The awful events in Westminster last week gave us all time to reflect, both to think of those who lost their lives or are still in hospital but also of the freedoms we hold dear and that we must continue to cherish. Our emergency and security services once again showed their bravery, rushing towards a situation that everybody else runs away from. Last Wednesday’s events showed us at our best, demonstrating a calm and determined resolve to carry on whatever the challenge and we should be proud of that.
Last week, LabourList published my article on the Euratom nuclear treaty and Article 50. We now know Theresa May will trigger Article 50 this Wednesday, 29th March, and this formally begins the process of the UK leaving the European Union. However, Wednesday will also mark the start of the UK leaving Euratom, a completely separate Treaty. As I write in the article, “Leaving the Euratom Treaty without ensuring there is a proper replacement to its provisions is very dangerous – not to put too fine a point on it but there are life and death implications. Life-saving radiotherapy treatments are managed through our membership of Euratom. Our nuclear energy sector provides around a fifth of our electricity and is dependent on our membership of Euratom.”.
I was delighted to speak at the launch of the Parliamentary and Scientific Committee’s report on ‘Science Priorities on Brexit’ in Westminster on Tuesday. I was keen to stress that we must demonstrate the UK’s willingness to work with the EU going forward through programmes such as Horizon2020 and Euratom. However, I expressed my concern that the mood in Brussels is turning against the UK following Theresa May’s decision to not guarantee the rights of EU citizens living and working in Britain. The complexity of the forthcoming negotiations haven’t been discussed widely but there is a huge amount at stake for the science and innovation community and the government must do more to protect their future, for all our sakes.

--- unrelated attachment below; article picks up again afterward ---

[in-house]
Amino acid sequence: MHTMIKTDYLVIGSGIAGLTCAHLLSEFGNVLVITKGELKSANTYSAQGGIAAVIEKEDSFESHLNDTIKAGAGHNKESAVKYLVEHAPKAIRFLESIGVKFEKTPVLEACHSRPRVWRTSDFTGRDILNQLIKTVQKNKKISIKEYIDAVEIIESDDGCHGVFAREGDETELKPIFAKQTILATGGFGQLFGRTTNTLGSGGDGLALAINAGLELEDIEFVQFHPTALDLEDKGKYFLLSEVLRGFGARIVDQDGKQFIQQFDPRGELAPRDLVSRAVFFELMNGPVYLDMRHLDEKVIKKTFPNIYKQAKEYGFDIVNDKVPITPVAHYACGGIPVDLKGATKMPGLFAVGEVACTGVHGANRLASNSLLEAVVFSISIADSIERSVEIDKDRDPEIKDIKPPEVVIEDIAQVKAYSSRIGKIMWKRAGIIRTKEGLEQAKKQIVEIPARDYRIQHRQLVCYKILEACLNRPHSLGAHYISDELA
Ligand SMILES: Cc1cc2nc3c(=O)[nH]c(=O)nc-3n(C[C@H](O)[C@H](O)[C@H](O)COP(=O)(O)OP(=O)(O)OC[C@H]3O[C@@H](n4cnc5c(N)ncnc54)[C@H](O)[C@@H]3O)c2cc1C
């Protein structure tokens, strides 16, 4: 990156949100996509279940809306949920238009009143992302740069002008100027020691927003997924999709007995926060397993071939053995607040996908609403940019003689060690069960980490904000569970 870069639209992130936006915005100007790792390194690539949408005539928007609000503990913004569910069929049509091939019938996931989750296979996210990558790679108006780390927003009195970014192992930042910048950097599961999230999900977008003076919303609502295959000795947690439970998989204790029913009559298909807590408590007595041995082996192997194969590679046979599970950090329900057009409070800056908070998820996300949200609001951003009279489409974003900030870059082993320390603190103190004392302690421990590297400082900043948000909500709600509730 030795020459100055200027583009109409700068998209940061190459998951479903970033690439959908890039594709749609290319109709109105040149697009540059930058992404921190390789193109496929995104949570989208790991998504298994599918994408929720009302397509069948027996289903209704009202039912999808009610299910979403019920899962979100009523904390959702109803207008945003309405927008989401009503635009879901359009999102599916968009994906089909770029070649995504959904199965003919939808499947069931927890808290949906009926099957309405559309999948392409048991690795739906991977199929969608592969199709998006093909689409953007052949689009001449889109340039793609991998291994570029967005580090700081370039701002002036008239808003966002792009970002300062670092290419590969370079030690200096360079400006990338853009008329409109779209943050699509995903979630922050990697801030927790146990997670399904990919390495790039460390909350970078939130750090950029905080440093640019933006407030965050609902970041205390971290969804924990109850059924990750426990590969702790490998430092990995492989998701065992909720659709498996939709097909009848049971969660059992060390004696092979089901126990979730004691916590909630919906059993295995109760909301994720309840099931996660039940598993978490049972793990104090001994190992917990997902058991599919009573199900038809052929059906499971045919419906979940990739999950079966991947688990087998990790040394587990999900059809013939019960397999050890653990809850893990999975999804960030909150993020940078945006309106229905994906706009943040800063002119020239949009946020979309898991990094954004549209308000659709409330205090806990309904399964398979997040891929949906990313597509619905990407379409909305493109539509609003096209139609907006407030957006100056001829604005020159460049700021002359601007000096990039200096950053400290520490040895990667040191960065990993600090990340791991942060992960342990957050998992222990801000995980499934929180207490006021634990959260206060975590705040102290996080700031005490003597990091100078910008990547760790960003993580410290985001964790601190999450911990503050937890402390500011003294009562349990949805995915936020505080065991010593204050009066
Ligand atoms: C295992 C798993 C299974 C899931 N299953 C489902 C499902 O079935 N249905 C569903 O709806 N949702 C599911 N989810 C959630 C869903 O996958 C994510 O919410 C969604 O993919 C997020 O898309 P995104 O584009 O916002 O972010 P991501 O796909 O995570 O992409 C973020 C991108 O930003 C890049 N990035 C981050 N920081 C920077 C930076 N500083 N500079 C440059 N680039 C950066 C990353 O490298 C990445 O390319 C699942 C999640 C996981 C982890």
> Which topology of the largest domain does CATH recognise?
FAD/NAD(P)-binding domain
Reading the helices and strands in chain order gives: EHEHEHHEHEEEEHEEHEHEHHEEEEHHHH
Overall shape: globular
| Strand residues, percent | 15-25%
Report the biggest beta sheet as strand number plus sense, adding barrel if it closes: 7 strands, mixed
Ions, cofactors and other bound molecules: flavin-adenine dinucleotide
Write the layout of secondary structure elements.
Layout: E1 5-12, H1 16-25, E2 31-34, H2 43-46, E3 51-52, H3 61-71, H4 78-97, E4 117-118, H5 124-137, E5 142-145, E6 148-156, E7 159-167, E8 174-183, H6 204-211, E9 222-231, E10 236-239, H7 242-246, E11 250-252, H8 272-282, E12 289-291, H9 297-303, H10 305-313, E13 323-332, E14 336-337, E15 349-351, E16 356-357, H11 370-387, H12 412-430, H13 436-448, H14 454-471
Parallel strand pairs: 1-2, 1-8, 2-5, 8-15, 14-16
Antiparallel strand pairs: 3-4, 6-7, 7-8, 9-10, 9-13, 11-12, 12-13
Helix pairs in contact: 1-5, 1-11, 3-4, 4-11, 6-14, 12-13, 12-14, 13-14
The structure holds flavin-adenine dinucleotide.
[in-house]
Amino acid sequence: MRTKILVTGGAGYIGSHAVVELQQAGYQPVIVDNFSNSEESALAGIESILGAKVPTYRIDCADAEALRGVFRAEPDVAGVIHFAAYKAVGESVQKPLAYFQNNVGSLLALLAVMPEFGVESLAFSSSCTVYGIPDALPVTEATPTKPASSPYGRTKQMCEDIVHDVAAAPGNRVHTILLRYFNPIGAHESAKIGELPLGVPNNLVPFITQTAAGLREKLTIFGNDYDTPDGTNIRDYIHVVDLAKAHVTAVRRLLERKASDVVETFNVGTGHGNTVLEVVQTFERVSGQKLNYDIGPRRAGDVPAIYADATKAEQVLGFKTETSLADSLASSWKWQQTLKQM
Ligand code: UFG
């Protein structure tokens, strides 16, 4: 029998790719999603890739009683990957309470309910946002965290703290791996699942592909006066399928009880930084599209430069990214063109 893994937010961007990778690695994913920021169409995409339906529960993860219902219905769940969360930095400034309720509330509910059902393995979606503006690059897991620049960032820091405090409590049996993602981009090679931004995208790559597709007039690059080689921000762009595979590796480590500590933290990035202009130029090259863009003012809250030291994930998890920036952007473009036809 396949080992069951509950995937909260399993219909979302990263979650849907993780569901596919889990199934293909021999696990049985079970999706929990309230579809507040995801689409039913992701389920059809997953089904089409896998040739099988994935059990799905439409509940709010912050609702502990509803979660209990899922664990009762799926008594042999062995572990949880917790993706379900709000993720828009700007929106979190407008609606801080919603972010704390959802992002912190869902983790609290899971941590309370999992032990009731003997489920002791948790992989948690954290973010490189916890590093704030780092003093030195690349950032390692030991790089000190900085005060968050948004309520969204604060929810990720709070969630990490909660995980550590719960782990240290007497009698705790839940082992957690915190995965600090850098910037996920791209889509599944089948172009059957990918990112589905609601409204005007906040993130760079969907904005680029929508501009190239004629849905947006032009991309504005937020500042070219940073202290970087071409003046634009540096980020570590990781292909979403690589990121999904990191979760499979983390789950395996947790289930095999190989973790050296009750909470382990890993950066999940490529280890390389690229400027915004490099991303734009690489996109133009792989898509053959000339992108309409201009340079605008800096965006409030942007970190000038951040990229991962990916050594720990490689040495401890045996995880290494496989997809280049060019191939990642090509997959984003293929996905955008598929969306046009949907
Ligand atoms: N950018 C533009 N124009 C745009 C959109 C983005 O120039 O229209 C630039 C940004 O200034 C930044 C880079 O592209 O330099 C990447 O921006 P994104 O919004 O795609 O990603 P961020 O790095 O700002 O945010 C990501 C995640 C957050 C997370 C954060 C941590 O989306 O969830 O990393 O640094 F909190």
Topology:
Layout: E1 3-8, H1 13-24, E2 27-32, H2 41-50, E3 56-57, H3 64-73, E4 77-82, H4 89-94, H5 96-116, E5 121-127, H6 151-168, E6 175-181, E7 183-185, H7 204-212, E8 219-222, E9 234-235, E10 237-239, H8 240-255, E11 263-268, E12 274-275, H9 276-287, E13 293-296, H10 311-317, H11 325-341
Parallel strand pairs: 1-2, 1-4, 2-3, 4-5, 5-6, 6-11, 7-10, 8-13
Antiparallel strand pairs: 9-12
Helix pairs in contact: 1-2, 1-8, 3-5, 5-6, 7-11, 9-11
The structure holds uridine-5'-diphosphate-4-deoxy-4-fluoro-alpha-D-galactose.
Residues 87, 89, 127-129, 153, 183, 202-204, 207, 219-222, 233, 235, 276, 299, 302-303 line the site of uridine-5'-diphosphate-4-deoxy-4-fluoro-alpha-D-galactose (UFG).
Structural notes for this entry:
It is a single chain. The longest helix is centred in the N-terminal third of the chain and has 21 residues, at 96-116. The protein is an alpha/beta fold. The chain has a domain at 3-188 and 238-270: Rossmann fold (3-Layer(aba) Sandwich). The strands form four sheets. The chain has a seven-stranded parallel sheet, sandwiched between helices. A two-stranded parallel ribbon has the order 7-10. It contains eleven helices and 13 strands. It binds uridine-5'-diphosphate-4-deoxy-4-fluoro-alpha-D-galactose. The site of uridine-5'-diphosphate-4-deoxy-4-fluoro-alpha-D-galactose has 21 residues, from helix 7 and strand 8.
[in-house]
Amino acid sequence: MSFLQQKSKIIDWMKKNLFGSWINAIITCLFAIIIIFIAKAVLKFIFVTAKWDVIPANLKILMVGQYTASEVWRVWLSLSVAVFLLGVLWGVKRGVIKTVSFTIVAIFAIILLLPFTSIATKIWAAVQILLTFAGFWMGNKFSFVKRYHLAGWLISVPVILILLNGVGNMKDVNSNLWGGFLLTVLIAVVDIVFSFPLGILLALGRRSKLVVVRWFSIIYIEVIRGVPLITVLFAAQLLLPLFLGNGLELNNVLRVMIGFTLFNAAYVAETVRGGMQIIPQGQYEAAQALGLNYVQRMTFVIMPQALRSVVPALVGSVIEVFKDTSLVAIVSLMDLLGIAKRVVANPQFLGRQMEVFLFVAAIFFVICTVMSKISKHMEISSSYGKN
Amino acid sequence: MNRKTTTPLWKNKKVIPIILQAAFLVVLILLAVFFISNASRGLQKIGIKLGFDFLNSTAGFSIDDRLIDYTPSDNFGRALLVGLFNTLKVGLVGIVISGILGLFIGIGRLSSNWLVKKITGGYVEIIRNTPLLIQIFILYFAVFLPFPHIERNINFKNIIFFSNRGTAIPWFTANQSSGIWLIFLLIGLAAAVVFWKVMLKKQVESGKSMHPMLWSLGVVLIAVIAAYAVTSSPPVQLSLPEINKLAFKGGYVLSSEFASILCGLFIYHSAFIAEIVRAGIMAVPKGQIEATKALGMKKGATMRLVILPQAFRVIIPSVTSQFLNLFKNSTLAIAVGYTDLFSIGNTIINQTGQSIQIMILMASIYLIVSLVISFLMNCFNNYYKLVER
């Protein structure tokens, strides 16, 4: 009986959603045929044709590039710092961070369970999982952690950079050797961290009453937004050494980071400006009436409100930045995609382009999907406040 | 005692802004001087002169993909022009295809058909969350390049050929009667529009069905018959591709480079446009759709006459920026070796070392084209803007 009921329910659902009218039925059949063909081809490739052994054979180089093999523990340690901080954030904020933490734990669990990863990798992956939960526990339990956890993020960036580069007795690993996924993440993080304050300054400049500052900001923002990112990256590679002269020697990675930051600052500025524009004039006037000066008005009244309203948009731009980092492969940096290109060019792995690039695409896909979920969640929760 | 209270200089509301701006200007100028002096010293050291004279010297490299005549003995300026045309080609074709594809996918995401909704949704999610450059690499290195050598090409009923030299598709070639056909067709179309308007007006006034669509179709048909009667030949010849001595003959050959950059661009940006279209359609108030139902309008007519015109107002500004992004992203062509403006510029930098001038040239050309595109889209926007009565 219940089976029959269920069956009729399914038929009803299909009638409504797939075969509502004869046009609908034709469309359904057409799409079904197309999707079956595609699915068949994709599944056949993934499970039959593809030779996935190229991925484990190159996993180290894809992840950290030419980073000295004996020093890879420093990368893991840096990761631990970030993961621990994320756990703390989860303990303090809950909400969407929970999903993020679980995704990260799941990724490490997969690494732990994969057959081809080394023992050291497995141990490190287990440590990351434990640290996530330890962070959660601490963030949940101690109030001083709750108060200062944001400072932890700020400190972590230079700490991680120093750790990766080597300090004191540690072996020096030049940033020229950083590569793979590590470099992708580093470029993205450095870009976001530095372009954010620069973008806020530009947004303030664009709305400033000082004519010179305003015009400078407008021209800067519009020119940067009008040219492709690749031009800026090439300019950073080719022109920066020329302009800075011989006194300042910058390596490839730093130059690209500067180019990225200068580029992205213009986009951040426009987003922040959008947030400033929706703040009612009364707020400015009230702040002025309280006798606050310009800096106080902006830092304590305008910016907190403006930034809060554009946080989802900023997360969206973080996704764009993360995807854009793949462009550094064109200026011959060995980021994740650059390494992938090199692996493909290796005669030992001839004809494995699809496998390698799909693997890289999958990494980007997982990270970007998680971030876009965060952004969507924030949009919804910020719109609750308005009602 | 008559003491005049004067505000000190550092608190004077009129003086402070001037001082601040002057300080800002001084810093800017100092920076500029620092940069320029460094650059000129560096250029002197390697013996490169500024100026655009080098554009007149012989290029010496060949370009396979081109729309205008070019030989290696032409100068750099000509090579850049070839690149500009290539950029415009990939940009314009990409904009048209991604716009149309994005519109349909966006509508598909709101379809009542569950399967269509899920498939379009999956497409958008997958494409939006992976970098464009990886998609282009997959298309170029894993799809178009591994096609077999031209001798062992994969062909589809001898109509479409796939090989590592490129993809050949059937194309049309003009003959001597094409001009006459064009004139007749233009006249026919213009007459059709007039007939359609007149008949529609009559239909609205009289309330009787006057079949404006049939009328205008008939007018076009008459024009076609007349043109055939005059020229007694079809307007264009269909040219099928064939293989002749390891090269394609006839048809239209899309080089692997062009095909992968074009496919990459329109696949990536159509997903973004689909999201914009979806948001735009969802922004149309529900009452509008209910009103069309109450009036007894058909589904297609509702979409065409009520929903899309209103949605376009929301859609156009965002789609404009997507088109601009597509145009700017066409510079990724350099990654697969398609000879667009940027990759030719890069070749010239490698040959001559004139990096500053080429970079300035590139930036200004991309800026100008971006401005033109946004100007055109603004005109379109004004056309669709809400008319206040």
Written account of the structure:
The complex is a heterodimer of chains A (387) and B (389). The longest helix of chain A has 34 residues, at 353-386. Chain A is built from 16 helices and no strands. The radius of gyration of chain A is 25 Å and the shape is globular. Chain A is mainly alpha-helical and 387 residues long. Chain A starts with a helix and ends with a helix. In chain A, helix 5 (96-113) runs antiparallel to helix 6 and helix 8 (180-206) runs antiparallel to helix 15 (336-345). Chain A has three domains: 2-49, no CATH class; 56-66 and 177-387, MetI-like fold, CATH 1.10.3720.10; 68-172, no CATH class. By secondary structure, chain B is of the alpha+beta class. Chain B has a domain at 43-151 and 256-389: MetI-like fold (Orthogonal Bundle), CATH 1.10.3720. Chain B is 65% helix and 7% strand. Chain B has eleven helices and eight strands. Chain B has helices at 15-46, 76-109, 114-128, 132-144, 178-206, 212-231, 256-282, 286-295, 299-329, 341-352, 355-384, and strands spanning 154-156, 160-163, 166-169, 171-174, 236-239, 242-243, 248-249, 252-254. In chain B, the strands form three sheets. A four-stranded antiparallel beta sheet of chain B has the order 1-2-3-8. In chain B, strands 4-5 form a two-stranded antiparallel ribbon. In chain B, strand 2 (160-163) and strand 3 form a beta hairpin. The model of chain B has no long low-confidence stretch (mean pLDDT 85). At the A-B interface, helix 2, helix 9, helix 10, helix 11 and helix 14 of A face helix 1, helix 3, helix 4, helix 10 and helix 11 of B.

It is important to ensure that we address gender inequality in all parts of EU policy, including those aimed at entrepreneurship and innovation. To this end, this week I supported the amendments that my colleague, Sirpa Pietikainen (EPP), suggested for the report on the extension of the European Fund for Strategic Investments (EFSI). This report presents an excellent opportunity to ensure that future investments are in line with gender mainstreaming values, and I was pleased to co-sign amendments suggesting that the Steering Board should be gender balanced, and that we should actively seek to provide assistance for projects initiated, owned, and led by women.
In Budget Committee last week, I tabled amendments to a report on Horizon 2020, which funds programmes in universities. Horizon 2020 funds, on average, a third of UK universities’ income. In fact, the UK gets back £3 for every £1 we invest into Horizon 2020, including millions for universities in the South West
The report looks at the future of the EU’s science programmes and it is vital that the UK remains part of these programmes.
My amendments focus on maintaining scientific excellence as the core pillar of the Horizon 2020 programme for Research & Innovation. We cannot allow Horizon 2020 to be watered down from this key aim. I have also tabled amendments that affirms the Parliament’s commitment to reduce as much as possible the potential negative impact on Horizon 2020 of the EFSI negotiations.